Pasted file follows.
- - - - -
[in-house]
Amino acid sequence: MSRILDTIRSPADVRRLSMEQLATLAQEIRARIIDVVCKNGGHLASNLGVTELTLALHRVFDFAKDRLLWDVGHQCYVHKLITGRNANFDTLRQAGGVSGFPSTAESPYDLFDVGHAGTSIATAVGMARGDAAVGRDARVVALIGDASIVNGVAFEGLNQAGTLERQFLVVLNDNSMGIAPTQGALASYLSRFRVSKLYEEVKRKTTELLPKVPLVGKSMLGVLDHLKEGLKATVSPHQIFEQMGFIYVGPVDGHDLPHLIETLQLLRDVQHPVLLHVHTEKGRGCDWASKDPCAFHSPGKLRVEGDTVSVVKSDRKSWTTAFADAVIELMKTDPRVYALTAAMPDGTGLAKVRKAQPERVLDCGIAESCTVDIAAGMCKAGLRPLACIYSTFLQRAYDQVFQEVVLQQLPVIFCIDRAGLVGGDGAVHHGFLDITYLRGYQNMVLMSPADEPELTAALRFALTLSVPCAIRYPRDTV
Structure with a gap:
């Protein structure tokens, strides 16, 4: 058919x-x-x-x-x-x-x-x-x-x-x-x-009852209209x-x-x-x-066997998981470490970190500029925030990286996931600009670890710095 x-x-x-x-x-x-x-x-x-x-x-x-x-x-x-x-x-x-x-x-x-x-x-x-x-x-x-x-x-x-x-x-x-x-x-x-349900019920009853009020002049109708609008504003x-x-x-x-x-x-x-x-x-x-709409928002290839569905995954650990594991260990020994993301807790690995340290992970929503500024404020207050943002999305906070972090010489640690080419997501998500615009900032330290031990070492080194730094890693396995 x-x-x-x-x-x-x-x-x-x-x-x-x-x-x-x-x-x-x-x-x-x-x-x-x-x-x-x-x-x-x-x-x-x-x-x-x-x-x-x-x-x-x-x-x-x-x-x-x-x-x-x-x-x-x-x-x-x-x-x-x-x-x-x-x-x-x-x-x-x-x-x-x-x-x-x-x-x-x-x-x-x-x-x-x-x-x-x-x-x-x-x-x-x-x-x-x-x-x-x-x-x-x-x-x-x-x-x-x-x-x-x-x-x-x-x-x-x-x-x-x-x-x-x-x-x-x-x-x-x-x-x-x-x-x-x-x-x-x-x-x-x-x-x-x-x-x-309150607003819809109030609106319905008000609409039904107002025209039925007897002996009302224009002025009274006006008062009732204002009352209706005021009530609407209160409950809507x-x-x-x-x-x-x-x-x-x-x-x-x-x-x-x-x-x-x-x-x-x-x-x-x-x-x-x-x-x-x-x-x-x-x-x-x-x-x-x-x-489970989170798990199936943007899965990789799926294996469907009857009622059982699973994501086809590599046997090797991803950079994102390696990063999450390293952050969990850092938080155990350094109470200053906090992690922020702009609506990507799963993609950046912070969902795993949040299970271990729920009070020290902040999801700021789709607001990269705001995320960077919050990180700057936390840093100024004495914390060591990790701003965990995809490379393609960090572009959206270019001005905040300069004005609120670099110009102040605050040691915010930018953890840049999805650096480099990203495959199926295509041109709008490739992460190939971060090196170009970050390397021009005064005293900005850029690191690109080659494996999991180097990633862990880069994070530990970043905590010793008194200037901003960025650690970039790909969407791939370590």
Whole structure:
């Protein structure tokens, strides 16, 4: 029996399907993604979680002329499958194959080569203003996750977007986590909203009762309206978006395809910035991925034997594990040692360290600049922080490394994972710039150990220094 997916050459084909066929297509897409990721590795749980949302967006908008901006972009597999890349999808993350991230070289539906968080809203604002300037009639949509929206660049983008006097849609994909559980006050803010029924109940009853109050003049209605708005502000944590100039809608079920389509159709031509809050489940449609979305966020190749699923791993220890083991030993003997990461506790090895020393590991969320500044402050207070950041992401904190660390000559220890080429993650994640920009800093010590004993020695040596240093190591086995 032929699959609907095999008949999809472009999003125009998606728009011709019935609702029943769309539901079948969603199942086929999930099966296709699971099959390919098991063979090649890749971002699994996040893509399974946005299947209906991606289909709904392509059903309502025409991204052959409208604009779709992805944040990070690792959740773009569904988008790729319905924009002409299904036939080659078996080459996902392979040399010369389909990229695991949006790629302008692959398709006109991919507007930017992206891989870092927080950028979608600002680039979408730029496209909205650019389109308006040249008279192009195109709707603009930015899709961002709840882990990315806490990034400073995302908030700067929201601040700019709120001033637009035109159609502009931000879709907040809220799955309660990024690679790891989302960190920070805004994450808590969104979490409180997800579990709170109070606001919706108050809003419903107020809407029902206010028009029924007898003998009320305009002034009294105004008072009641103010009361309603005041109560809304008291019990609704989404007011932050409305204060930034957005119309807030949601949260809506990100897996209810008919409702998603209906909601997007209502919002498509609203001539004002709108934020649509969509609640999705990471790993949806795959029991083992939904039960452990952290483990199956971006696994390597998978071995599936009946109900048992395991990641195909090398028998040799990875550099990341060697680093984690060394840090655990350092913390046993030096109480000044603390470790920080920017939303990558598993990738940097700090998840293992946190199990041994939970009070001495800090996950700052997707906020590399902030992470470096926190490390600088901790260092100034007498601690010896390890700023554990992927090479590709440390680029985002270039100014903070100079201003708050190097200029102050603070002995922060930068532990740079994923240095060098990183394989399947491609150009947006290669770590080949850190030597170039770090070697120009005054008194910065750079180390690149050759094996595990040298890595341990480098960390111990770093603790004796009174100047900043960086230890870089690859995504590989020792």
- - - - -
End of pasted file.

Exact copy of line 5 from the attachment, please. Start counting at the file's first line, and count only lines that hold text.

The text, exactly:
Whole structure: